Search Results: Stephen Hows

  • ARTS AND CULTURE

    Comedy and trauma in Nanette and Funny Cow

    • Tim Kroenert
    • 01 August 2018
    1 Comment

    Hannah Gadsby's Nanette critiques comedy as an imperfect tool for processing and transcending trauma. Funny Cow, about a woman comedian in 1970s northern England, attempts something similar. Both say something about the intersection of comedy and trauma and what it reveals about how we relate to each other as human beings.

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  • INTERNATIONAL

    Are Israel boycotts really anti-Semitic?

    • Na'ama Carlin
    • 14 February 2018
    11 Comments

    When New Zealand singer Lorde cancelled her 2018 concert in Israel, she joined the ranks of artists who boycott Israel to protest its occupation of Palestine. The Palestinian-led Boycott, Divestment, Sanctions movement is contentious in Israel/Palestine activist or Jewish circles, with some calling it anti-Semitic.

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  • RELIGION

    Vatican II, the sexual revolution and clergy sexual misconduct

    • Stephen de Weger
    • 07 June 2017
    69 Comments

    The sexual revolution and Vatican II was a release from 'parental control' resulting, for many, in the sudden emergence of full-blown psychological adolescence with its risk taking, experimentation and lack of a fully developed sense of responsibility. Many clergy either slid into adolescent liberalism or, collapsing under new adult demands of freedom, retreated into reactionary conservatism. Others grew up and moved on, into new ways of being 'celibate'. Clergy misconduct is found in all three groups.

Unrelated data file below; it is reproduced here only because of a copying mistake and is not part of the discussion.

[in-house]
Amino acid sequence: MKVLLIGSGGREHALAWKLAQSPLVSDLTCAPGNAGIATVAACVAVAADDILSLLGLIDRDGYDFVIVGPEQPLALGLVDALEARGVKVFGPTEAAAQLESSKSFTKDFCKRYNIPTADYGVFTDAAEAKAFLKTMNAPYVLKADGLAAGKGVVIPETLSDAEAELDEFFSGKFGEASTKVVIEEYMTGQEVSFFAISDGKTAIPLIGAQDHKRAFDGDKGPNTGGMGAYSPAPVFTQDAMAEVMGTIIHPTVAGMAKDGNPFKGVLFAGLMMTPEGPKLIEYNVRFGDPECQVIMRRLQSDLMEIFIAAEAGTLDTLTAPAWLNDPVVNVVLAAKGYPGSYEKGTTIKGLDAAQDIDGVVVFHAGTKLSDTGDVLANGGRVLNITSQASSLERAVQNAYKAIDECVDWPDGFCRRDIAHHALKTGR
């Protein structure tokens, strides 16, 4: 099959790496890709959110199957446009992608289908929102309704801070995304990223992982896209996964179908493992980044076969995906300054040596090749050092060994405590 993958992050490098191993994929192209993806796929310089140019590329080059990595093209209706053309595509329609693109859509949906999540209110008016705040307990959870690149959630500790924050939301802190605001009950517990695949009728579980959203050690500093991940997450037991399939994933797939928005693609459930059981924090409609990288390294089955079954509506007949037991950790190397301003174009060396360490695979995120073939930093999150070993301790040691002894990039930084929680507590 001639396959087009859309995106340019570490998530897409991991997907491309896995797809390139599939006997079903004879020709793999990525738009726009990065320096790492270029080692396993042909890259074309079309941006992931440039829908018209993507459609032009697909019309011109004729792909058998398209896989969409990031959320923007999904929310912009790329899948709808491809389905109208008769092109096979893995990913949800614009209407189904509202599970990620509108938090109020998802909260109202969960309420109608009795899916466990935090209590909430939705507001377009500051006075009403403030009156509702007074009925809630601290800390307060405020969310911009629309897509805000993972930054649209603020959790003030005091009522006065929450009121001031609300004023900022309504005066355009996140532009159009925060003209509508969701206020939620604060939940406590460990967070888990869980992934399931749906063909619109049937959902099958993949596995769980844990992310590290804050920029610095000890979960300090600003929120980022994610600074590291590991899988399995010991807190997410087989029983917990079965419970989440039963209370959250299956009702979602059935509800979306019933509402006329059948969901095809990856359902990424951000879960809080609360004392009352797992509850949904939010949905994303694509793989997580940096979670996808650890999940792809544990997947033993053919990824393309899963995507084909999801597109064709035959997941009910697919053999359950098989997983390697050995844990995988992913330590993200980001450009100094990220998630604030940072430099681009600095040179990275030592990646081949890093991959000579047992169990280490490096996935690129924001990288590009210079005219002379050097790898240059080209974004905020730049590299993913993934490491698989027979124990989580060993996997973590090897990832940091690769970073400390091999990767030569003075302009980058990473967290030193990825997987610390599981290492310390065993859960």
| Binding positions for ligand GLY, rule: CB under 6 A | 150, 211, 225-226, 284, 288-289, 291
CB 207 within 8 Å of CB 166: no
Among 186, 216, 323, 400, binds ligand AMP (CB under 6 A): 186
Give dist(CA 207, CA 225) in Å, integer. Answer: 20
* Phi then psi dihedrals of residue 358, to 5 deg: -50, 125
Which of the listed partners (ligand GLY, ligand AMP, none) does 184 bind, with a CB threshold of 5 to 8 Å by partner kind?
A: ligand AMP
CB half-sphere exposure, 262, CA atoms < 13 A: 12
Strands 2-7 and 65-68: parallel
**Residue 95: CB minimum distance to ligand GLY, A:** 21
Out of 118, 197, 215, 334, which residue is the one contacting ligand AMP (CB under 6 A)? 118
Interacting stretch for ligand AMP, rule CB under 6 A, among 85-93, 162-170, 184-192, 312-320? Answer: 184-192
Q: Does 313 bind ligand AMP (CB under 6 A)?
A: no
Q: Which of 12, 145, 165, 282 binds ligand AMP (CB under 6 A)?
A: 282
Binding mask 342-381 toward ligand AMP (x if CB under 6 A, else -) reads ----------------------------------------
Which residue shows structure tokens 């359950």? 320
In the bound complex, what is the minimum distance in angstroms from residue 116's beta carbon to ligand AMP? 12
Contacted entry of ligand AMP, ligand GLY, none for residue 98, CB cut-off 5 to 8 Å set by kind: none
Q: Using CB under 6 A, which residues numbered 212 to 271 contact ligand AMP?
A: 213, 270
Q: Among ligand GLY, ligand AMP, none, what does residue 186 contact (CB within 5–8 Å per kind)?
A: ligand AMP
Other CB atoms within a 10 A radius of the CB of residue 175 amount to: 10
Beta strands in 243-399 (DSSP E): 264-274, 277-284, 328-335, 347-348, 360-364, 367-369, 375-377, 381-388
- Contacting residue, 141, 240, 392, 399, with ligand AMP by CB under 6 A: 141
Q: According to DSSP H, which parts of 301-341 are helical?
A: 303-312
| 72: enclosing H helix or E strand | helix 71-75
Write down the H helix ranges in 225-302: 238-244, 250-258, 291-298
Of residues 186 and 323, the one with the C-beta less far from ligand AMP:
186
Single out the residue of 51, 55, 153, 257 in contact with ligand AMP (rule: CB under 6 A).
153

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  • RELIGION

    Becoming a church for mission 2030

    • Frank Brennan
    • 17 May 2017

    As the Church of 2030, we need to be more attentive to the contemplation of believers and our experience of spiritual realities, as well as the preaching of the church. Pope Francis has no time whatever for the notion of the Church as a perfect society. But, there is no way that Francis wants to abandon the ideals and the commitment to truth and justice so well exemplified by his predecessors John Paul II and Benedict.